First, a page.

Reading Guide to Augustine, Confessions

Book 1 Book 2 Book 3 Book 4 Book 5 Book 6 Book 7 Book 8 Book 9 Book 10

Tips for reading: Make sure you read the introduction. Augustine's autobiography is, in part, an intellectual one, so you need to be aware of matters like Ciceronian rhetoric, Manichean religion, and Neo-platonic philosophy. Keep in mind that Augustine's work is both a form of prayer addressed to God and a testimony addressed to others. As you read, you will need two methods: 1) a sense of story and 2) a sense of poetry. Read for the narrative flow of the events. Yet when you encounter passages that seem more like prayers, read for the poetry of the ideas. You might even consider praying along with him. Some of Augustine's prayers have provided moments of worship for many readers. Also stay aware of how Augustine weaves in scripture to his narrative.

NOTE: We will be using the Roman numeral book and section numbers; these are not always the same as the medieval paragraph numbers in parentheses.


  • Augustine
  • Monica
  • Alypius
  • Ambrose
  • Mani
  • Plotinus
  • Adeodatus
  • Cicero

1.1: What is the significance of Augustine's prayer, "You stir man to take pleasure in praising you, because you have made us for yourself, and our heart is restless until it rests in you"?

1.4: What is God like in this section? Try to summarize.

1.6: Note how and why Augustine praises God for his early childhood.

1.9 (cf. 1.14): Note what Augustine's view of corporeal punishment in schools is.

1.13-14: Note Augustine's view of reading Virgil and Homer. You will need this for a journal question.

Terence: (190-159 BC) The Roman playwright Publius Terentius Afer was author of popular Latin comedies that adapted older Greek plots for the Roman stage. Most of his plays were tragi-comedies with well-built, but slow-moving, plots.

1.18-19: Note why, according to Augustine, rhetorical skill is not enough.

1.20: Note what things a child has to be grateful for.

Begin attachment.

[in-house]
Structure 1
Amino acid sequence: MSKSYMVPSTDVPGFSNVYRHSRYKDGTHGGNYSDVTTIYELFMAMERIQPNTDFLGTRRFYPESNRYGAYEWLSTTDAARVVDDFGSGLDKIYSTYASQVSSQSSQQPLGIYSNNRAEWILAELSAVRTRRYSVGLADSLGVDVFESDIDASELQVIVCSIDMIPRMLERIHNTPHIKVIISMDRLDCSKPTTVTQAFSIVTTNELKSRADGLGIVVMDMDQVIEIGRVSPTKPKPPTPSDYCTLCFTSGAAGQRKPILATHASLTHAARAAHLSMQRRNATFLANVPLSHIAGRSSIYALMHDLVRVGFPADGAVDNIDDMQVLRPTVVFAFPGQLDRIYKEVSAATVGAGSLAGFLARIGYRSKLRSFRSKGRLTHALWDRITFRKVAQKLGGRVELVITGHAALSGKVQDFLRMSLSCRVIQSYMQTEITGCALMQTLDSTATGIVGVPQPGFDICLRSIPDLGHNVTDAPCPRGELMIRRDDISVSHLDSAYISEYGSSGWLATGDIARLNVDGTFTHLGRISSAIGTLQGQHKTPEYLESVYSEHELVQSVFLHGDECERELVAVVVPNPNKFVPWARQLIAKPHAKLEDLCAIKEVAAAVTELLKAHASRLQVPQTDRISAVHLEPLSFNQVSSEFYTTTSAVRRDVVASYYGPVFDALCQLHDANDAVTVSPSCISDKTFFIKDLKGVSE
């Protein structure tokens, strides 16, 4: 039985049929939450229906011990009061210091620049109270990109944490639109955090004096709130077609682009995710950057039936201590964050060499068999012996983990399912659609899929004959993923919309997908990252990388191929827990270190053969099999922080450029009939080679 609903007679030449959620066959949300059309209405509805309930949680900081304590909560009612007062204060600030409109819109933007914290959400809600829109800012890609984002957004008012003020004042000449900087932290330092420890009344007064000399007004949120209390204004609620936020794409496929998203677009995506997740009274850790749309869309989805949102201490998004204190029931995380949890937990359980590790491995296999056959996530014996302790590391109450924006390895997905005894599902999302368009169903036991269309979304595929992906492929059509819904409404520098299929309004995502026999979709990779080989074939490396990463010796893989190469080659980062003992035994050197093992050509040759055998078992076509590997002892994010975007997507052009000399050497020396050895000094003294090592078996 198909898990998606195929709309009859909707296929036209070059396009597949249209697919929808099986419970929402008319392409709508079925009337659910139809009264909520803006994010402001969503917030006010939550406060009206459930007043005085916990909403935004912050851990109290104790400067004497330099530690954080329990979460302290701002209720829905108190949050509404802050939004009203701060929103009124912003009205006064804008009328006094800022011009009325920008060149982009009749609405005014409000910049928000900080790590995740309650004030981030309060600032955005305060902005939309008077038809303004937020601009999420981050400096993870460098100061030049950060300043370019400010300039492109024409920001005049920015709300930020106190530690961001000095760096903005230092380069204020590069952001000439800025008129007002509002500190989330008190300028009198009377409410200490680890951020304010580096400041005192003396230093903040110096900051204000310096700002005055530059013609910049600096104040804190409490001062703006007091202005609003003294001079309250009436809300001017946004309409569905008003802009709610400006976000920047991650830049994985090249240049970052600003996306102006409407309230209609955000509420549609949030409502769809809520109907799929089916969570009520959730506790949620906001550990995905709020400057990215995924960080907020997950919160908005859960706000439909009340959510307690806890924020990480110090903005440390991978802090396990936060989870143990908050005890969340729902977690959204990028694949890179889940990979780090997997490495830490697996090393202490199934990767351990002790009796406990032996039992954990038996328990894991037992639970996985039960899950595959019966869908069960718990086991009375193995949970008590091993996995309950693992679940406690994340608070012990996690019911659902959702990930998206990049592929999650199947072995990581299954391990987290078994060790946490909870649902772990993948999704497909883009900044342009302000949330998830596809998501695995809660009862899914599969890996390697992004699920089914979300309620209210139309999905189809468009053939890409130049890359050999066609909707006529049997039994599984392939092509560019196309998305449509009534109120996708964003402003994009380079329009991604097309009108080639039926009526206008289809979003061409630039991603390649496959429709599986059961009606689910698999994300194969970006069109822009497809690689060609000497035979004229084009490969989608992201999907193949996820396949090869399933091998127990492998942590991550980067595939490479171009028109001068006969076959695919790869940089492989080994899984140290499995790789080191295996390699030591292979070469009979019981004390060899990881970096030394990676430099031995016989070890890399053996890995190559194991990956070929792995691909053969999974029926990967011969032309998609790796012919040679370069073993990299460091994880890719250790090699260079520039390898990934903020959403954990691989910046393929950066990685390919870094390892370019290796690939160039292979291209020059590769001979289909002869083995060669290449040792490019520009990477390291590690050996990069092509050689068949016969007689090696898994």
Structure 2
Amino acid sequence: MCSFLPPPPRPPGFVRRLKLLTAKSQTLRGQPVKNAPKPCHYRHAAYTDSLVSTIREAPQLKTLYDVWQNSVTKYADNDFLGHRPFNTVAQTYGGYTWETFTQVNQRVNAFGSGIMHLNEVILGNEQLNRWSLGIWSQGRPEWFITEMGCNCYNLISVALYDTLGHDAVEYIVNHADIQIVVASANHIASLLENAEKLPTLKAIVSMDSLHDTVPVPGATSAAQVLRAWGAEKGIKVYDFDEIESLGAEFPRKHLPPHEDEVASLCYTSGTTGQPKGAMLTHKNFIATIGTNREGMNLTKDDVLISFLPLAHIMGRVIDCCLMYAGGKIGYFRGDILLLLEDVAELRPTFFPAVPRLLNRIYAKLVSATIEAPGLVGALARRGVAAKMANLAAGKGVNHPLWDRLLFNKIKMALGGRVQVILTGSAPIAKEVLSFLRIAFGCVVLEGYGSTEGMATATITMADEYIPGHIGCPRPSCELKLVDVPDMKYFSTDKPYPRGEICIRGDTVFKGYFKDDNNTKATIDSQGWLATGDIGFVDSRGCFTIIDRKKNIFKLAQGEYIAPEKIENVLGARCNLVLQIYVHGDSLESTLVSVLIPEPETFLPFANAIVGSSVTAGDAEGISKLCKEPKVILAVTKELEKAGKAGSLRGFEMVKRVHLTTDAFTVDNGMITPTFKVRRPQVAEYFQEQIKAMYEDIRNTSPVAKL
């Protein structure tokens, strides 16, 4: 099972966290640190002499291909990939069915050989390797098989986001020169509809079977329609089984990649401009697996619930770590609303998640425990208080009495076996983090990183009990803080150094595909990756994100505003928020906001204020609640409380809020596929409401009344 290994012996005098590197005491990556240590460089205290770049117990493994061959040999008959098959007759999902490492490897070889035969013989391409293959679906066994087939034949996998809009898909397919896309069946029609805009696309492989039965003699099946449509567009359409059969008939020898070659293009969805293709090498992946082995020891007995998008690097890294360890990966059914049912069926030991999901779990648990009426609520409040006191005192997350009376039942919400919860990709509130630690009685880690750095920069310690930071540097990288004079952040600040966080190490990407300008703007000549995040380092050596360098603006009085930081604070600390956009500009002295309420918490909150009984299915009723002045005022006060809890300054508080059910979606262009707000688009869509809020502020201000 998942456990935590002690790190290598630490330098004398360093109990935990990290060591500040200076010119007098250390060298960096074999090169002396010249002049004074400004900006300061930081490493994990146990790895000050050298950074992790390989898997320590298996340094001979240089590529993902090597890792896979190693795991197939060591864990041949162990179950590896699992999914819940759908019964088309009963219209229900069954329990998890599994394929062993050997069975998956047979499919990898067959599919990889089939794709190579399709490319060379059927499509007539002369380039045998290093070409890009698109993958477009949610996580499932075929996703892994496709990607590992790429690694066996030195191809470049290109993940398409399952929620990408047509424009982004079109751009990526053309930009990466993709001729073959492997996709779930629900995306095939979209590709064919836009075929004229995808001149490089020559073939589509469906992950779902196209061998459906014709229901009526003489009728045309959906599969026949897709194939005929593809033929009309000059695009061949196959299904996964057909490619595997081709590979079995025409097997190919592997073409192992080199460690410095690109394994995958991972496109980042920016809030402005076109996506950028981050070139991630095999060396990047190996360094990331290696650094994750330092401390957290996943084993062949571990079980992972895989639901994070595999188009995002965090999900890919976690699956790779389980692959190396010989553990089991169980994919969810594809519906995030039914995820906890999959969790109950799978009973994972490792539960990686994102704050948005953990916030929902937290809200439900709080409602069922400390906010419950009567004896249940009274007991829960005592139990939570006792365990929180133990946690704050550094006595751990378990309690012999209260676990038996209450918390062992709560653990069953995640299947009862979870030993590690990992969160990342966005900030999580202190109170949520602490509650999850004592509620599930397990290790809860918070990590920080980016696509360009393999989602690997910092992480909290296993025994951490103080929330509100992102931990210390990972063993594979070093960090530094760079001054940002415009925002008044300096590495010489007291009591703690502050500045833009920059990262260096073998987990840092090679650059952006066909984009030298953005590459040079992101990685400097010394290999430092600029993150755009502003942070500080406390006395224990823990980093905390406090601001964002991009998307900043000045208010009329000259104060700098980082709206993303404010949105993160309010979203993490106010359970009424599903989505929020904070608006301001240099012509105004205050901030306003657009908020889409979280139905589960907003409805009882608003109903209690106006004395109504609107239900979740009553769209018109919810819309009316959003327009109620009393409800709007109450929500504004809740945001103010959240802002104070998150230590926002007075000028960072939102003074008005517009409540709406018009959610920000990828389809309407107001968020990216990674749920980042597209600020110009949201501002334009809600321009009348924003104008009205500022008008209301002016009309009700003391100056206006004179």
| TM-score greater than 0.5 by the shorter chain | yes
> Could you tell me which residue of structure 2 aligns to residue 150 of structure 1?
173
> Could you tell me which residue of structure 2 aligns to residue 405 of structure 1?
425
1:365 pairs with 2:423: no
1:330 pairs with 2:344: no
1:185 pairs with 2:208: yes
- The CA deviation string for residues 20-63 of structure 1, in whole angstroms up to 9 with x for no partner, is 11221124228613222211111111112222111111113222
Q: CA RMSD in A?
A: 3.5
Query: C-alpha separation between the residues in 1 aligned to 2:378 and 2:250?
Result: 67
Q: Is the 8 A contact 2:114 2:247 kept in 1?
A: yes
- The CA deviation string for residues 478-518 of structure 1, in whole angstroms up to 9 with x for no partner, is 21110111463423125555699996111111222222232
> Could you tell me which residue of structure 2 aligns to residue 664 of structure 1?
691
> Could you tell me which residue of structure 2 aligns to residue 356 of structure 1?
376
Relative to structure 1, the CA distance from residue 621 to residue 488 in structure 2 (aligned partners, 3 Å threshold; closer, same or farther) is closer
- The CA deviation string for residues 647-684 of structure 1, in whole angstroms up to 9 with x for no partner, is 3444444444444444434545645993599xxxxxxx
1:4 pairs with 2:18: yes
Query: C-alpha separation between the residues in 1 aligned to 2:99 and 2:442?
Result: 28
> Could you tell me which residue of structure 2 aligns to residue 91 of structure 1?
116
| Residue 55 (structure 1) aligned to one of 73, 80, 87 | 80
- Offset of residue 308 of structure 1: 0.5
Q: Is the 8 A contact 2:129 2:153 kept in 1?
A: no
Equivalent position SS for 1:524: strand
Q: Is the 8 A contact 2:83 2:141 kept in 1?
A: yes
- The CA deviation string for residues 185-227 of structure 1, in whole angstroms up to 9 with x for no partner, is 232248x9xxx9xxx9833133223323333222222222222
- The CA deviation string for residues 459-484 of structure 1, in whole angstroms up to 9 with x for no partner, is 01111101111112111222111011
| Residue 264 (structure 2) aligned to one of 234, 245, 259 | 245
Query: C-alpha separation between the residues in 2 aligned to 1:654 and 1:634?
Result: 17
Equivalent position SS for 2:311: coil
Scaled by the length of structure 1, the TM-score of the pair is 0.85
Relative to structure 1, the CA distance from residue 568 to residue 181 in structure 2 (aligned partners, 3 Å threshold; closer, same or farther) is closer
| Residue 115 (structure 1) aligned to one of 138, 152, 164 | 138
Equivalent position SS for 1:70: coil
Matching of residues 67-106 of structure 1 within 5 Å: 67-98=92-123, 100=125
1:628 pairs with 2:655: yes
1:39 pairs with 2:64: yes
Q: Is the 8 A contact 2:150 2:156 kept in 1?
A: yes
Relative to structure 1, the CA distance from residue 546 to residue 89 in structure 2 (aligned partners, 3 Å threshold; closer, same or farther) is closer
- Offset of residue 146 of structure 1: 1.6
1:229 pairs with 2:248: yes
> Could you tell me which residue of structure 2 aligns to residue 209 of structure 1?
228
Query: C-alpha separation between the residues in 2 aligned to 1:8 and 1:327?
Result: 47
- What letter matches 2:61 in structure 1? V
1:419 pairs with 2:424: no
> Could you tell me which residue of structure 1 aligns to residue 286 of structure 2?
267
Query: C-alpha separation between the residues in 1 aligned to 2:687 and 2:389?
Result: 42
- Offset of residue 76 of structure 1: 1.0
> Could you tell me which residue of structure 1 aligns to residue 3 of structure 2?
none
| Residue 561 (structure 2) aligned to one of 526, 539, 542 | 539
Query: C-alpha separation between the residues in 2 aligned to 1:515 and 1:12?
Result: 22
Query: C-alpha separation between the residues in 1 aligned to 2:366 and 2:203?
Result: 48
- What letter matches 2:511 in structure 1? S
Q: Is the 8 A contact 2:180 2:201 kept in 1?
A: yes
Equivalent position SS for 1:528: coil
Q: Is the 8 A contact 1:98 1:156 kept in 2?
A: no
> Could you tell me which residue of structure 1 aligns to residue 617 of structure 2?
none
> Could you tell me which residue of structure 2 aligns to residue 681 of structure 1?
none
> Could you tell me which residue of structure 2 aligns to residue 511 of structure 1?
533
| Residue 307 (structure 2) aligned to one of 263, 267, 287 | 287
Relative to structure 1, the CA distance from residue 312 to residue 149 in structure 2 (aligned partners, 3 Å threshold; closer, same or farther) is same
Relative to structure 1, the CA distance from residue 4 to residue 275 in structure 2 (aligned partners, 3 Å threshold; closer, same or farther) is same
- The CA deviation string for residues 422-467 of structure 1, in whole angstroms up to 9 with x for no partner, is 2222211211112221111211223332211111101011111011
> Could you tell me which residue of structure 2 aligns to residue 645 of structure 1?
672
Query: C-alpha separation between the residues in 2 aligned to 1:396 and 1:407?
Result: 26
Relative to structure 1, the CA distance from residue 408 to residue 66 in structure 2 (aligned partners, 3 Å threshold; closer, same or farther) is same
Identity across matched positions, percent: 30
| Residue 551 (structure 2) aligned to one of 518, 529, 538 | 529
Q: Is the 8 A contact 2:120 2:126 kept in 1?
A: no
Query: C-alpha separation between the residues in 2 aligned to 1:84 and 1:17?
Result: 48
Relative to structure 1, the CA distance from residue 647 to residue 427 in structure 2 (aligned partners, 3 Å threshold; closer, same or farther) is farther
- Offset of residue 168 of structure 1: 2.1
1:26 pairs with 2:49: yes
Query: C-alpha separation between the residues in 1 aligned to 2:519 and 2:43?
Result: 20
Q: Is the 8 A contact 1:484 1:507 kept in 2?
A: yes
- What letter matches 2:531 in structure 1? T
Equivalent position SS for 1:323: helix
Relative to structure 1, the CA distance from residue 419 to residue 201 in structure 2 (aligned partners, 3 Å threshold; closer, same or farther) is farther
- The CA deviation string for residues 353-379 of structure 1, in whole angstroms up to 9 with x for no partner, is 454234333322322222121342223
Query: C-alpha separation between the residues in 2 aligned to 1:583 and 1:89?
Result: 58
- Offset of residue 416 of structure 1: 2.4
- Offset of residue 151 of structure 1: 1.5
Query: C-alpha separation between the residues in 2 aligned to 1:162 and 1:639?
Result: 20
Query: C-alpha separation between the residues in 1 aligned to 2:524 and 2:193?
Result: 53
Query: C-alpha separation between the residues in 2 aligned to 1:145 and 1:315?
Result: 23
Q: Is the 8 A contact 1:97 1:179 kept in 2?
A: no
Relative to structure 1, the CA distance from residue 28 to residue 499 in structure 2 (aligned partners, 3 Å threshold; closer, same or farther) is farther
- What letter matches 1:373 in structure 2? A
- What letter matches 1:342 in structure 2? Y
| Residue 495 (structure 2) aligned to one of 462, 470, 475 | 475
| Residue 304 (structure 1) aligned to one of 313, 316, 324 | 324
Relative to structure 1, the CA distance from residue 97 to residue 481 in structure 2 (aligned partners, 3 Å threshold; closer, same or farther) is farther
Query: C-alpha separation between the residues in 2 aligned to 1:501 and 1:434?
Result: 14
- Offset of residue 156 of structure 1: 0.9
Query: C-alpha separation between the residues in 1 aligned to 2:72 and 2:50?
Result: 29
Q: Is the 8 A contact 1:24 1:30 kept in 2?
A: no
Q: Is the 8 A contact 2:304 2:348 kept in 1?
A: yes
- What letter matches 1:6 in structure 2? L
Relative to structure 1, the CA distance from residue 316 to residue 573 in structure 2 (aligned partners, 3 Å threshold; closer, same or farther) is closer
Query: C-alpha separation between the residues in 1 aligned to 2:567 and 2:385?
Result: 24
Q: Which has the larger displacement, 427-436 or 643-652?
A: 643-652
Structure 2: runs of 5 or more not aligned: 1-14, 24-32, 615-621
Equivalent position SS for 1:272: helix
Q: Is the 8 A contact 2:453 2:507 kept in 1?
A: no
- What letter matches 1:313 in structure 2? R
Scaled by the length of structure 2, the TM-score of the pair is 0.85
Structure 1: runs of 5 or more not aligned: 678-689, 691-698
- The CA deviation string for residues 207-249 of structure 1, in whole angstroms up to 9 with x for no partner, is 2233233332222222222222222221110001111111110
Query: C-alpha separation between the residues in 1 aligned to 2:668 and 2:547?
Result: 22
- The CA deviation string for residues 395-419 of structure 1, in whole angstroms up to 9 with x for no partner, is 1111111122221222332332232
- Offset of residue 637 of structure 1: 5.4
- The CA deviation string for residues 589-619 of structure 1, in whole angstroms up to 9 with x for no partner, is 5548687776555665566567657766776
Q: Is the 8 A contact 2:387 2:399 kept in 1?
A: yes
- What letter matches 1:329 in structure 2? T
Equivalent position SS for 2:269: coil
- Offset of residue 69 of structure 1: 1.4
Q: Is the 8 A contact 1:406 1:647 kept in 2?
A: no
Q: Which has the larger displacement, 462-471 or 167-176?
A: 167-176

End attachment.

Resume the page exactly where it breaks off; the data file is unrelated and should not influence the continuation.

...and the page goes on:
2.3: Explain why Augustine's father and mother have differing reactions to their son's growing lusts.

2.4 (cf. 2.6-2.8): Explain why Augustine steals the pears. Why does the "act have nothing lovely about it"? (2.6)

2.8-9: Describe Augustine's "partners in sin." Why did they steal together?

3.2 (cf. 3.6): Why does Augustine consider his experience of the theater destructive? Do you agree? Contrast this with his view of other literature.

3.3: Note who the Wreckers are.

Cicero: (103-43 BC) Cicero is the most famous Latin orator of classical antiquity. His most famous work Of Oratory influenced generation after generation of rhetorical teachers and thinkers in the West.

3.4-3.5: Explain how Cicero influenced Augustine in his love of wisdom and distrust of scripture.

3.11: Describe Monica's dream concerning her son.

4.3: Note why Augustine gives up astrology.

4.4-7: What is the significance of how Augustine describes his grief at the loss of a close friend?

4.12: Explain why we should love the things of this world in God and not apart from Him.

4.14: Note why Augustine admires the orator Hierius.

4:15-16: Contrast Augustine's work on aesthetics and his education in logic and rhetoric (e.g. Aristotle's Categories) with his need to know the true source of beauty and rationality.

5.2: Explain (according to Augustine) why the wicked do not know God.

5.3-5: Note how the Manichean doctrines of the stars compare to the astronomy of Augustine's time.

5.5: Note why according to Augustine there is a relationship between sceintific knowledge and salvation.

5.6-7: Describe Augustine's disappointed respect for Faustus. How does this help release him from the Manichean religion?

5.8-9: Note why Augustine moves to Rome and how Monica reacts.

5.10-11: Note the beliefs of the Manicheans that Augustine still finds convincing.